Self-Imaging: Are You Opting Out of the Bigger Picture?

We were bombing along the twisty, narrow dirt paths that meander through the scrubby brush of Nantucket in our rented jeep. Vacation off-season. Fabulous. With the island practically devoid of fellow "tourons," we truly felt like castaways. OK, maybe we felt like castaways on the set of a Nicholas Sparks movie, but even so, the landscape coupled with the perfect stretch of warm, October days exceeded our expectations. I was in my shutterbug element. As we jounced and rolled through the bush in our faux safari atmosphere, I leaned out the window snapping anything that caught my attention, when something I glimpsed out of the corner of my eye startled me. It was a face: freckled skin, dopey smile, windswept hair, camera cocked and ready. It was me reflected in the jeep's side mirror. My first instinct was to lower my camera and continue scouting around for more appealing subjects. But then I thought "What the hell? Everyone should have at least one self-portrait, right?"

Had I not acted a little impulsively and also thought the shot was kind of interesting and fun composition-wise, I know I would not have taken the photograph. Like many women I know, turning the camera around on myself makes me squeamish. The litany of cringe-worthy self-criticism that runs Aaron Sorkin-like through my head is perhaps familiar to many: What's up with my lips? Why doesn't my hair look right? Thanks ruddy complexion! I thought that sweater made me look less frumpy!

When you're growing up, you're at the mercy of other people's clicks and captures. As an adult, the deliberate effort to shift focus back to yourself becomes weightier somehow, becomes a real act in the political sense and subsequently more difficult to enter into lightly for many of us.

The ubiquitous nature of photo-savvy smartphone capabilities have transformed the way an entire generation relates to and interacts with photographic texts (with outcomes decidedly mixed). Today's young women may be less self-conscious about self-imaging or, more likely, self-aware in the sense of understanding the power of the image and its many uses (for good and for ill). These young women, I believe, have a leg up on the rest of us shutter shy gals. They seem to harbor an instinctive drive to insert themselves into the frame in whatever capacity they wish -- a side view of nose, two giggling faces smooshed into the camera, a pair of Converse All-Stars poking out from under the frayed hem of denim -- amassing a vast library of self-images for little more than the sake of fun and whim. However, as I thought about my moment of photographic abandon and allowed myself to live with the squirmy feeling it gave me, I began to understand something important: By literally opting out of the photo, I know I'm opting out of the bigger picture. I know I am contributing to diminishing my own self-worth, to participating in airbrushing myself out of life.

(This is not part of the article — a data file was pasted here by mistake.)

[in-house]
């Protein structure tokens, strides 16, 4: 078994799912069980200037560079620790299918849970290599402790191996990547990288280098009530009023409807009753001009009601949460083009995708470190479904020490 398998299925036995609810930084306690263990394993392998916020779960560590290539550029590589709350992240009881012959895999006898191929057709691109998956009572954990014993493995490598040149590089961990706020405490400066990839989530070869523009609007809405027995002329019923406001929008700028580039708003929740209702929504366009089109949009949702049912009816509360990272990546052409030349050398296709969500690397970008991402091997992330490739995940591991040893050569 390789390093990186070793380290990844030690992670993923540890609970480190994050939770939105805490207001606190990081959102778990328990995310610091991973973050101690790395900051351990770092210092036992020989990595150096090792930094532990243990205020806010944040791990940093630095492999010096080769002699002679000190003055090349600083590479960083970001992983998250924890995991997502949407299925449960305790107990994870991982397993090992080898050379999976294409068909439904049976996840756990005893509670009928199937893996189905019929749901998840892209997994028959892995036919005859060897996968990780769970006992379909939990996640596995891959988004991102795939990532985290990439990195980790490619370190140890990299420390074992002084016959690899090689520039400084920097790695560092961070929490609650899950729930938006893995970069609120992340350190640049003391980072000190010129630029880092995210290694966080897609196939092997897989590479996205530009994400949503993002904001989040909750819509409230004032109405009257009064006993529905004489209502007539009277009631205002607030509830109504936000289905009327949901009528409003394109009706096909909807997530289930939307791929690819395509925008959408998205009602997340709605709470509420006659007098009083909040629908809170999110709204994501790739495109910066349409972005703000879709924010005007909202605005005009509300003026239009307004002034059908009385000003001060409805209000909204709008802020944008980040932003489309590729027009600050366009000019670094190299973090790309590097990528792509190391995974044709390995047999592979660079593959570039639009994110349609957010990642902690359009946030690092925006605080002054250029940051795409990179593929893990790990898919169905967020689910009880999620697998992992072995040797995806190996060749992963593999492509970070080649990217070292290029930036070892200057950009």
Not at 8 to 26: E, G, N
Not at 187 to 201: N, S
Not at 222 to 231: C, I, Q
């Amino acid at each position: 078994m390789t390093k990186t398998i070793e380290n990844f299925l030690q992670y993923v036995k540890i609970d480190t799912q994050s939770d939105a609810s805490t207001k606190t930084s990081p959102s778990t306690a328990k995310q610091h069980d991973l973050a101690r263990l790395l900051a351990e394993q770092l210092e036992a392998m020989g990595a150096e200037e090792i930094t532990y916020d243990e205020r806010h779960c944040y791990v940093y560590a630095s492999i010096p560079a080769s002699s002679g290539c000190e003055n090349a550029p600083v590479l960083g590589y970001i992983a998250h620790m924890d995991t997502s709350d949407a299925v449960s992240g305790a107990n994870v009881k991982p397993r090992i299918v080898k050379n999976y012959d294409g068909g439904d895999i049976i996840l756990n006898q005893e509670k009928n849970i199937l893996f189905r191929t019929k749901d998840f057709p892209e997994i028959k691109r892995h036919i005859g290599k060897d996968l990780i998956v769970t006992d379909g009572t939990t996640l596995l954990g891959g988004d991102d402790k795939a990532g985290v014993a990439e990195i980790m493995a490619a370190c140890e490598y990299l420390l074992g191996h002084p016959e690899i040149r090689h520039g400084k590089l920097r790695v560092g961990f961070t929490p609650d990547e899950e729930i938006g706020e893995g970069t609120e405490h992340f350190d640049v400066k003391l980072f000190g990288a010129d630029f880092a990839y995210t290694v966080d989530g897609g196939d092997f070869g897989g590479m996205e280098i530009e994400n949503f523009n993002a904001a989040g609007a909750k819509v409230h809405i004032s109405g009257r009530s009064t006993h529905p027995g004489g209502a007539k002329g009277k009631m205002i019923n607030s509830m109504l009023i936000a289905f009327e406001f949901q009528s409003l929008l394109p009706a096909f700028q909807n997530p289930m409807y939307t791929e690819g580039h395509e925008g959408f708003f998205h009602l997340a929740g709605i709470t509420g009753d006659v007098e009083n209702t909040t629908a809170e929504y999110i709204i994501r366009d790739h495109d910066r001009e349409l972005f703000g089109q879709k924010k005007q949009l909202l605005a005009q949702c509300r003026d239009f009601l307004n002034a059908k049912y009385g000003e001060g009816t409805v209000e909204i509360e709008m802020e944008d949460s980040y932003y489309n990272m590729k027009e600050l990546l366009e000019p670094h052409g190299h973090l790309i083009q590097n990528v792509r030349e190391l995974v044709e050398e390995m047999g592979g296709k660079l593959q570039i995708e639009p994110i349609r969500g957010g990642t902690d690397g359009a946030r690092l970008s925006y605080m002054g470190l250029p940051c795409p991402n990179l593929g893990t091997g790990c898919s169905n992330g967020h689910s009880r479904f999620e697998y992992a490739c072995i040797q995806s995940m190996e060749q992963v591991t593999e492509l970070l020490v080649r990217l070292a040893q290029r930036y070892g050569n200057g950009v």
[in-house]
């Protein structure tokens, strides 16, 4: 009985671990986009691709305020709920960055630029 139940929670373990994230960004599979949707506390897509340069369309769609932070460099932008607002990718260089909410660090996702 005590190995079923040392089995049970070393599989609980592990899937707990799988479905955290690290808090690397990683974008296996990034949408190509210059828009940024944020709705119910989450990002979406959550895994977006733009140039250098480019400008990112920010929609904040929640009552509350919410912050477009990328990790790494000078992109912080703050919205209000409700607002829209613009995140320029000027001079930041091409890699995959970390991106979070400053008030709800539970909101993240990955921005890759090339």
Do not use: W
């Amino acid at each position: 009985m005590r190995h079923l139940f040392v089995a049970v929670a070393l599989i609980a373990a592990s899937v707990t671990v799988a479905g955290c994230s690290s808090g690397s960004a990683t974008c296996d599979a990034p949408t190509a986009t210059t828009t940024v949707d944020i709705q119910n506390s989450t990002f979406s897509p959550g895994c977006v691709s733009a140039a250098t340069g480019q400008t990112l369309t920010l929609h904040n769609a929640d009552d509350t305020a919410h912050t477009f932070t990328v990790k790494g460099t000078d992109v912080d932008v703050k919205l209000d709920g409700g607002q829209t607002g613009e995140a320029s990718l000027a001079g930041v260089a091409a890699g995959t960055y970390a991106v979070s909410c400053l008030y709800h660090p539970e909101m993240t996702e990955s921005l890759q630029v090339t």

Self-imaging has become an act of courage and empowerment for women as eloquently and poignantly explicated by writer/blogger Allison Tate in her wonderful Huffington Post essay, "The Mom Stays in the Picture." As a mother, Tate explains how easy it is to stay out of frame and instead put the lens on your child. "But we really need to make an effort to get in the picture," writes Tate. "Our sons need to see how young and beautiful and human their mamas were. Our daughters need to see us vulnerable and open and just being ourselves -- women, mamas, people living lives. Avoiding the camera because we don't like to see our own pictures? How can that be okay?"

It is never okay to authorize your own erasure. Tate's post is an urgent wake-up call for women of all kinds -- especially impactful for women who are also caregivers. Despite the integral nature of their daily responsibilities, caregivers often characterize what they do as simply "another part of being a mother" or wife, or sister, or family member. Already excised from their identities in a sense, women who are caregivers may feel even less inclined to make themselves present. They may prefer, instead, to continue embodying the misguided notion that "I don't matter. My child or husband or partner who needs assistance is the one who deserves the attention." But we know that this is a damaging and demeaning way to think and behave. Your presence should not come as a surprise; it should not take the form of a stranger peering back at you in the reflection of your car mirror. This willful estrangement not only lessens resilience and erodes self-worth, but it sends the wrong message to family and loved ones. After all, with so much of their lives framed by everything you do, doesn't it seem right for that frame to include you?

Photo by S. Moeschen